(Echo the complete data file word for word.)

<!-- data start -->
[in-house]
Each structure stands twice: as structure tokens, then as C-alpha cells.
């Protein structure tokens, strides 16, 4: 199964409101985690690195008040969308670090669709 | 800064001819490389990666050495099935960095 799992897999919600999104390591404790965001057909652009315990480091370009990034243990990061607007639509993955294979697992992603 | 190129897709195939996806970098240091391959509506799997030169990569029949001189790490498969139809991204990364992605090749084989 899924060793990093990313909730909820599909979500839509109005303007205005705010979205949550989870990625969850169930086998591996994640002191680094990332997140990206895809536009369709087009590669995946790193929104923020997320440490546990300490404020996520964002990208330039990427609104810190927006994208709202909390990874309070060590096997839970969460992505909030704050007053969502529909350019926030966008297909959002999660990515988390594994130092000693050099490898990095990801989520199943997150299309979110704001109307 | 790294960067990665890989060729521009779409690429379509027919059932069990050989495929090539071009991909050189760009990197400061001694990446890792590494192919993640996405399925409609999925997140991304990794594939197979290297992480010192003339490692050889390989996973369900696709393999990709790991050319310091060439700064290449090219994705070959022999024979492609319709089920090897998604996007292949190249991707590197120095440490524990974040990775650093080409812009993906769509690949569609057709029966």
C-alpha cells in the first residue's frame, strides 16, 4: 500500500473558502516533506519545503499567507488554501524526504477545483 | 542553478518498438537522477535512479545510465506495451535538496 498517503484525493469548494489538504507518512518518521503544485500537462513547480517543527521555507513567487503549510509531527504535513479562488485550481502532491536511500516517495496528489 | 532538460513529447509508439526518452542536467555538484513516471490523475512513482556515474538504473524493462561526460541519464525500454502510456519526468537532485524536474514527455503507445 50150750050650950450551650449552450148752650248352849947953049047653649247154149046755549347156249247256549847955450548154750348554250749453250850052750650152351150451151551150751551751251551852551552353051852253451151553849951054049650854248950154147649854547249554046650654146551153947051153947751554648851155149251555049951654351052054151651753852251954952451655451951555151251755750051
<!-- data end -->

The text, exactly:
[in-house]
Each structure stands twice: as structure tokens, then as C-alpha cells.
């Protein structure tokens, strides 16, 4: 199964409101985690690195008040969308670090669709 | 800064001819490389990666050495099935960095 799992897999919600999104390591404790965001057909652009315990480091370009990034243990990061607007639509993955294979697992992603 | 190129897709195939996806970098240091391959509506799997030169990569029949001189790490498969139809991204990364992605090749084989 899924060793990093990313909730909820599909979500839509109005303007205005705010979205949550989870990625969850169930086998591996994640002191680094990332997140990206895809536009369709087009590669995946790193929104923020997320440490546990300490404020996520964002990208330039990427609104810190927006994208709202909390990874309070060590096997839970969460992505909030704050007053969502529909350019926030966008297909959002999660990515988390594994130092000693050099490898990095990801989520199943997150299309979110704001109307 | 790294960067990665890989060729521009779409690429379509027919059932069990050989495929090539071009991909050189760009990197400061001694990446890792590494192919993640996405399925409609999925997140991304990794594939197979290297992480010192003339490692050889390989996973369900696709393999990709790991050319310091060439700064290449090219994705070959022999024979492609319709089920090897998604996007292949190249991707590197120095440490524990974040990775650093080409812009993906769509690949569609057709029966």
C-alpha cells in the first residue's frame, strides 16, 4: 500500500473558502516533506519545503499567507488554501524526504477545483 | 542553478518498438537522477535512479545510465506495451535538496 498517503484525493469548494489538504507518512518518521503544485500537462513547480517543527521555507513567487503549510509531527504535513479562488485550481502532491536511500516517495496528489 | 532538460513529447509508439526518452542536467555538484513516471490523475512513482556515474538504473524493462561526460541519464525500454502510456519526468537532485524536474514527455503507445 50150750050650950450551650449552450148752650248352849947953049047653649247154149046755549347156249247256549847955450548154750348554250749453250850052750650152351150451151551150751551751251551852551552353051852253451151553849951054049650854248950154147649854547249554046650654146551153947051153947751554648851155149251555049951654351052054151651753852251954952451655451951555151251755750051